It feels responsive. Everything is still updating . I'm able to navigate around . Go back online and then see the changes immediately percolate over to other peers, which is pretty cool. For those of you who know what CRDTs are the particular CRDT we use in specific cases where you need one is called YJS.
It's probably the most widely production used CRDT. However CRDTs are plug and play in DXOS. You could adopt a different CRDT if you wanted to for specific data types. in specific cases, we're using YJS right now.
the thing that I'm most excited about for DXOS is that the database that is running the data store that's synchronizing across multiple clients isn't running once per application, it's running once per device.
And what happens is, instead of the database living inside of an app, and the app kind of controlling the relationship to that, the user controls the database, and the app asks for permissions to write to it. And then in that way, you end up having multiple applications that are able to write to the same data store.
I'll show a quick example of that. I wrote a Kanban app, and you'll notice that this one is also on a different domain, dxos-kanban.netlify.app. Again, I needed a place to boot up the front end code. And now you have your to do list represented as a Kanban. And so you can update either side and see it pop over.
I can come in here and pick up the yard. Was fun. And you can see updating seamlessly across. Again, these are two different apps running on two different domains on the same data store. Because the data store is running once inside of this browser. And then it's also being replicated across peers.
So there's a concept called a shared worker. You've probably heard of service workers. But we actually run the data store inside of a shared worker for browsers that support it. and the really nice thing about that is from a performance perspective, you can open 10, 15, 20 of these DXOS apps, and they're tiny little client side apps that are communicating to the shared worker.
And then all of these apps are just tiny little clients, like they're views. They're not entire full stack applications, even though they operate like full stack applications.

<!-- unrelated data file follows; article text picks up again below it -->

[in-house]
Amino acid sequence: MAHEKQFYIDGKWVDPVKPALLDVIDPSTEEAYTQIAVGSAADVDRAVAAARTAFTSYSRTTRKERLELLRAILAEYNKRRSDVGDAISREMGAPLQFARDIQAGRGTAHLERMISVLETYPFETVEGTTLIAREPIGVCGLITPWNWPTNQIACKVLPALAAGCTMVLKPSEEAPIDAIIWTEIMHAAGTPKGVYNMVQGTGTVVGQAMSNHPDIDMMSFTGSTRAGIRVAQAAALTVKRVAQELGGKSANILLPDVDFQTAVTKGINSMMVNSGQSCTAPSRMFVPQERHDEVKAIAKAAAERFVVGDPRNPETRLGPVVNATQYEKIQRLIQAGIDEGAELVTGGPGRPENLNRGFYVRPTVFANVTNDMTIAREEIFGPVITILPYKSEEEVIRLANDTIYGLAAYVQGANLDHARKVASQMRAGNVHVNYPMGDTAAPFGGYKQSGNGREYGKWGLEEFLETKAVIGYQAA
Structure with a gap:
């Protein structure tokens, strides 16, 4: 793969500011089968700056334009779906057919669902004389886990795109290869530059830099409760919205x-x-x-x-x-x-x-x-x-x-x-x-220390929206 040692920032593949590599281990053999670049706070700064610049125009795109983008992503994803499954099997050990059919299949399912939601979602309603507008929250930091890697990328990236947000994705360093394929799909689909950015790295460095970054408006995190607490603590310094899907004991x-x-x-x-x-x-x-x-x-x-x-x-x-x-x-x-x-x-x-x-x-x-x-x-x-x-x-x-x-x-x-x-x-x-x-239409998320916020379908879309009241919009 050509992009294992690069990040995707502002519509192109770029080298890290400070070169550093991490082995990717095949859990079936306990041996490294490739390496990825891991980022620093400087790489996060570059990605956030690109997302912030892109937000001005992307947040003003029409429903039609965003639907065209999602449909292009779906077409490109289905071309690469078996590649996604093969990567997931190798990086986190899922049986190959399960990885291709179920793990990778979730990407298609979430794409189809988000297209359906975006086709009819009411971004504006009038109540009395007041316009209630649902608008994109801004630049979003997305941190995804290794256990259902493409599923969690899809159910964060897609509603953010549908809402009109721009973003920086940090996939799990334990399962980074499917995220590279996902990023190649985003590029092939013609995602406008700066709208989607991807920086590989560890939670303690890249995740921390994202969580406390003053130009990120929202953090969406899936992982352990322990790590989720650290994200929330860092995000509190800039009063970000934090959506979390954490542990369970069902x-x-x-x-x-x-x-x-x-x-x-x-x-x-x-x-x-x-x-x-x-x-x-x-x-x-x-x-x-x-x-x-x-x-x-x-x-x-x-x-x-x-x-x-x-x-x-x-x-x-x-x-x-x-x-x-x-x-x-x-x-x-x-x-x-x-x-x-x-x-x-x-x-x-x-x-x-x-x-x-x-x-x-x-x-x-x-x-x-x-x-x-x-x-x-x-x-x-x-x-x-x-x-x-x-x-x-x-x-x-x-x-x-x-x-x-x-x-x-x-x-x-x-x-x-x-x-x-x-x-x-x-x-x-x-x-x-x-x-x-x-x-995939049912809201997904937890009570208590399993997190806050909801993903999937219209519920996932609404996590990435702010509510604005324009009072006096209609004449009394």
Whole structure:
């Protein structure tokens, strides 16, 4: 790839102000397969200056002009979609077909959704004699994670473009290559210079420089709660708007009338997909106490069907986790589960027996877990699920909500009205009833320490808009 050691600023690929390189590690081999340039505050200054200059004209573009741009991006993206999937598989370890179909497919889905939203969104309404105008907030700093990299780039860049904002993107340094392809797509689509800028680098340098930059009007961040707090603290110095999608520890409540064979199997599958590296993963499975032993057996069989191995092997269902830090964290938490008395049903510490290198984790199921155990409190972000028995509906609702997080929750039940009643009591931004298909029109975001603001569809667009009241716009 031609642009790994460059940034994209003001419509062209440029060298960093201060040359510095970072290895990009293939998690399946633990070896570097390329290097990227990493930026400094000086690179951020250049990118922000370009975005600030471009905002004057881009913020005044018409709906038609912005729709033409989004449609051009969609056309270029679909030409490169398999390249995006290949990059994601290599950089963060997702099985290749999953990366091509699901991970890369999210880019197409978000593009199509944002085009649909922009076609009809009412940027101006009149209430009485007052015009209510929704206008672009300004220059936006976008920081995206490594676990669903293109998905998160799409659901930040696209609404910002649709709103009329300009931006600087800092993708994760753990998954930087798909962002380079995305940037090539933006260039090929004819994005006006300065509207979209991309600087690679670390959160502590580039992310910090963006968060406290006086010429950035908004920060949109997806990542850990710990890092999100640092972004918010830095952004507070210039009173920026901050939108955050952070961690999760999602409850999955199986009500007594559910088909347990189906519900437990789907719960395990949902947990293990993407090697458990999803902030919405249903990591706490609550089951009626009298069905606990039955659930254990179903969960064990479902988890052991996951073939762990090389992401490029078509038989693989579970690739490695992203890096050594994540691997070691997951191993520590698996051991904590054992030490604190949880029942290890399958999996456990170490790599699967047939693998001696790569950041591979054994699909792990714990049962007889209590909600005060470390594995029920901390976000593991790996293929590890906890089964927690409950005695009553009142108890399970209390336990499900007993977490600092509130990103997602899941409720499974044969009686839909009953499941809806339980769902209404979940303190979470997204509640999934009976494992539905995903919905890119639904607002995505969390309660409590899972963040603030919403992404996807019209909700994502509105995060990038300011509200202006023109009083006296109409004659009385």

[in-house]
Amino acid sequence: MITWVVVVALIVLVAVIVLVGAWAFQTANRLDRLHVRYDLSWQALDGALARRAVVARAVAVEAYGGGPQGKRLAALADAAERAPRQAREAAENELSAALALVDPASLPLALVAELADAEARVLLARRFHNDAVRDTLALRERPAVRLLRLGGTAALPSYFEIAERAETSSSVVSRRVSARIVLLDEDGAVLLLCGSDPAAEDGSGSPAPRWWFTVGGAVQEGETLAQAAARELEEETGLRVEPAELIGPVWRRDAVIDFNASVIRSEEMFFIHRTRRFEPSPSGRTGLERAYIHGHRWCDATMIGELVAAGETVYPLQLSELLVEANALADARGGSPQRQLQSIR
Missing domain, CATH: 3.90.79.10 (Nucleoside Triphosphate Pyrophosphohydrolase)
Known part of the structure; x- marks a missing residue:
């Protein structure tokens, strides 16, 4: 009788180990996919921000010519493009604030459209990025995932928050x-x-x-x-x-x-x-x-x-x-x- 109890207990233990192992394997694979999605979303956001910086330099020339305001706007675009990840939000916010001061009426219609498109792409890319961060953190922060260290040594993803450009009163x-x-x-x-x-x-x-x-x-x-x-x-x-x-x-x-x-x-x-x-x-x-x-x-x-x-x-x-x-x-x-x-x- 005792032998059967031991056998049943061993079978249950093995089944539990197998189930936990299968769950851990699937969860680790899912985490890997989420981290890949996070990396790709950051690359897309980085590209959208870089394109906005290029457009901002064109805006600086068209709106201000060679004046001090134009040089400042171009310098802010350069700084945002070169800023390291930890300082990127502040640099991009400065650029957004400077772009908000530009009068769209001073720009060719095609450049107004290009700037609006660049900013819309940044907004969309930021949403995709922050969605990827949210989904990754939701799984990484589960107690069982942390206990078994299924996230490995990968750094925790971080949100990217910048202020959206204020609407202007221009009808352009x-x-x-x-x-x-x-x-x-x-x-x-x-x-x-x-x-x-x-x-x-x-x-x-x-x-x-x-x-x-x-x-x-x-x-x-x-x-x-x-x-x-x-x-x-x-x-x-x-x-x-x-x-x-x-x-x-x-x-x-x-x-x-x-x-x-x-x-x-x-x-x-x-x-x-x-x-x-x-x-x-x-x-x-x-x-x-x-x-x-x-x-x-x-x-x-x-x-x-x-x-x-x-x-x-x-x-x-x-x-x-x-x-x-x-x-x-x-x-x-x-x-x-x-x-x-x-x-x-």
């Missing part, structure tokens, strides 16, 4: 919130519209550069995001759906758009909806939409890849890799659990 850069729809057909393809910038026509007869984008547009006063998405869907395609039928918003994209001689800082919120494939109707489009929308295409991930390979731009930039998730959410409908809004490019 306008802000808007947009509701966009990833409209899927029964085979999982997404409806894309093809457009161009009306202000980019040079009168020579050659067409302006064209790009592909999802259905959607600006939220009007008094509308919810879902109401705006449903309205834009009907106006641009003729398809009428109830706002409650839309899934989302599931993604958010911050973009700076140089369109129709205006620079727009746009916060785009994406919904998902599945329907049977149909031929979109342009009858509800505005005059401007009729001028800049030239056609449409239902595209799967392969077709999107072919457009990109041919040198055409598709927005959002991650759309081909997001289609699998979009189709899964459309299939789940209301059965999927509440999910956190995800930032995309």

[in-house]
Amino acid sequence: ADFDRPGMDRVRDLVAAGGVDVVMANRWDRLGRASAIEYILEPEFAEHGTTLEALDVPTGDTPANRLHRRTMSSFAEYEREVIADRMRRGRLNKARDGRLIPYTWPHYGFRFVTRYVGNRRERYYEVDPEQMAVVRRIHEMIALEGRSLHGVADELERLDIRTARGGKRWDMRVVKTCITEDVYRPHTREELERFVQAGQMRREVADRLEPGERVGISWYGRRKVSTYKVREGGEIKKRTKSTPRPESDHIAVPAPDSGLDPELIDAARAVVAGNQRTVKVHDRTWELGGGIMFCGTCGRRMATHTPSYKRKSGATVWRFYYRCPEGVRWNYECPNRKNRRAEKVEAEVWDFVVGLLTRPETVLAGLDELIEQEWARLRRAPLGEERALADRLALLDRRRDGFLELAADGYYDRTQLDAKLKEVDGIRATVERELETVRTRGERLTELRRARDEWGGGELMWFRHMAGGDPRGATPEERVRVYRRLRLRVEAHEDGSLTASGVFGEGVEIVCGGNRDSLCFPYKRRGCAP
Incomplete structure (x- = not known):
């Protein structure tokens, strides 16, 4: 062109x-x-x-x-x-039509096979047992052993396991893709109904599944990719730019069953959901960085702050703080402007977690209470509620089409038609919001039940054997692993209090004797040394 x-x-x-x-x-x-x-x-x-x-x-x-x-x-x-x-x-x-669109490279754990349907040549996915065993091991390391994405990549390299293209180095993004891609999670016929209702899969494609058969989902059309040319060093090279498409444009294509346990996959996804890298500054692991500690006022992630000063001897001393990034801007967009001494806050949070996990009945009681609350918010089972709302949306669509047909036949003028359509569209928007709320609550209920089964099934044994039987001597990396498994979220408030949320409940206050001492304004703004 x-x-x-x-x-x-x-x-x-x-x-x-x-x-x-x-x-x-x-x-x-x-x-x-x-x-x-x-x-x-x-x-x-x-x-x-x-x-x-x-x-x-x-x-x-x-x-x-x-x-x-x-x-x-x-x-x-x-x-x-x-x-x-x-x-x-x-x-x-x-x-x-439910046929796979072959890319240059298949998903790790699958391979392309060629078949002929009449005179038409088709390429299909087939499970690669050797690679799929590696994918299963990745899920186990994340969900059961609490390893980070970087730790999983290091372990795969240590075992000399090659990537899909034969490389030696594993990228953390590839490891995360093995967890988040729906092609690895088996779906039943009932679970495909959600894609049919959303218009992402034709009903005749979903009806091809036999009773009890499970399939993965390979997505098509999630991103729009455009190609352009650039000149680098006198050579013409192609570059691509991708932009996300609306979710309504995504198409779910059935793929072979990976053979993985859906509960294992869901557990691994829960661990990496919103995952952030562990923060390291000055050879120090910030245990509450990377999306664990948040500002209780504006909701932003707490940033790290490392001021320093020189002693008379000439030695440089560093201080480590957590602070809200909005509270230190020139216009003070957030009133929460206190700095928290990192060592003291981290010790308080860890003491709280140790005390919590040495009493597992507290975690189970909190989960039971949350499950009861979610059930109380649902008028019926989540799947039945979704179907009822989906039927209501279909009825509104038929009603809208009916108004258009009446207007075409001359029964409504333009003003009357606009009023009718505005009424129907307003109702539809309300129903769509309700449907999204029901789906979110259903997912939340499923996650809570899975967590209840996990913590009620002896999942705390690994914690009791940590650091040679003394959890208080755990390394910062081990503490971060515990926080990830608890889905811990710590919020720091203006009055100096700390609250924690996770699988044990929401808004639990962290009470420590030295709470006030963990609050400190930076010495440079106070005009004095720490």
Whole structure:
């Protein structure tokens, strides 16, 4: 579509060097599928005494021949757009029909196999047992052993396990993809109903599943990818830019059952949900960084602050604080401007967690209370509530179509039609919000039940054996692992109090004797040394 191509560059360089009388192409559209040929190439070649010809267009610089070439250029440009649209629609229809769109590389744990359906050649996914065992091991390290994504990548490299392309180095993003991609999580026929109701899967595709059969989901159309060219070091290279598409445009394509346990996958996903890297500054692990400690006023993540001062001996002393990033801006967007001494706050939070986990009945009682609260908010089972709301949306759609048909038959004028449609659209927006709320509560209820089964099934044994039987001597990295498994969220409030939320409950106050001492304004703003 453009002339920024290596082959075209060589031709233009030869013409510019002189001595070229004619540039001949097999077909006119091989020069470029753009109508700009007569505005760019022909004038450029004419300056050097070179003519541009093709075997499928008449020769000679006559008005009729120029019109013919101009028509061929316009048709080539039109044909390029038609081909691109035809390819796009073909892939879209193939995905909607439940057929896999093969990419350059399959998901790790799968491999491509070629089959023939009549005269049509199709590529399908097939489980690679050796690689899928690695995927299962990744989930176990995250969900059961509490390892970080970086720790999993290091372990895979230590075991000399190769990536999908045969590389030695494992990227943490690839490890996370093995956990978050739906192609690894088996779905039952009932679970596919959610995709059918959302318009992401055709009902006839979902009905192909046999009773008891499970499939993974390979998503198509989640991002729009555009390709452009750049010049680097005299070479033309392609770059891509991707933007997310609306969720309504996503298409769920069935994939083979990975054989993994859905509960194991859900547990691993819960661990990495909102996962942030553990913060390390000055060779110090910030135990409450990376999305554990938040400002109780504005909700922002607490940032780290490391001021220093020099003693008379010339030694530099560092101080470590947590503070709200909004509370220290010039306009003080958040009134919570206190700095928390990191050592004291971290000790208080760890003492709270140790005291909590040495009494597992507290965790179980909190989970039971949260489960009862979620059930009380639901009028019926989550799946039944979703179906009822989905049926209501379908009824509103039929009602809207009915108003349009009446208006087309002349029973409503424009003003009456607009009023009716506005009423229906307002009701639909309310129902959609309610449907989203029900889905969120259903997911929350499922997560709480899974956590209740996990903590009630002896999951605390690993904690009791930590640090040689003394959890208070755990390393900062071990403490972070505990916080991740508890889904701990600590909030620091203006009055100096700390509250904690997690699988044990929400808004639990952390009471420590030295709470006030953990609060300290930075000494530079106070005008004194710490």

The code ends up being very simple because you can just assume that process is running and handling all of the hard stuff for you, like synchronization across peers and maintaining database connections, peer to peer discovery of other peers, tunneling, all of that. It's like just handled for you.
All you do is update the local data, like an IndexedDB, to it directly. And then that process handles replication, synchronization, conflict management, all that kind of stuff for you. Encryption, all of that.
We sometimes joke internally about what does DX in DXOS stand for. And obviously there's the founding idea that it stands for decentralized. But lately we've been joking that this thing is so nice to use for developers. Maybe DX stands for developer experience.
But we should look at code.
We talked about how these applications are pretty simple. So there's some boilerplate React code to be able to ship a React app.
You start out by creating a private key using use identity. You grab a space that is created by default with that identity, it gets associated with that identity. And then you use this use query. And you query for the data that you want.
And then you write to the data directly. you're not interacting with a database object, where you're saying database, write, this particular row, update this value in the database. It's just, you do a query of the data store and whatever matches that query comes back, and then you can write to those directly.
And then the SDK layer handles the reactivity of that where it detects that as a change, synchronizes that across all the devices.
The other devices also see that change come in and they reactively update the UI so one of the ways that I think about this is your UI can just show the data in the state that it's in. And then whenever the data changes, through the magic of react the UI updates magically for you.
You don't have to do any sort of proactive UI management. You just. have a UI that reflects the state of the current data. And then we'll handle updating the state for you and react will handle updating your UI.
Chad: So in this case, am I right? That from like line 30 down, it's just normal react code.
And I could have just implemented something in memory that wasn't DXOS at all, and just build a simple in memory react app, and then I could swap it out and say, okay, this stuff is now in DXOS and it's getting replicated.
Jess: Yeah, we could actually do that.
It's "update the fields" which is the same as you would do. Yeah, it's pretty nice.
I think of DXOS as being both a platform. There's this distributed systems problem of we got to get this data onto other people's devices. That layer is one layer, but then there's the SDK and framework level. And the SDK framework team at DXOS has done a great job of making this really straightforward for me as a developer.
Chad: I can see that. Lovely.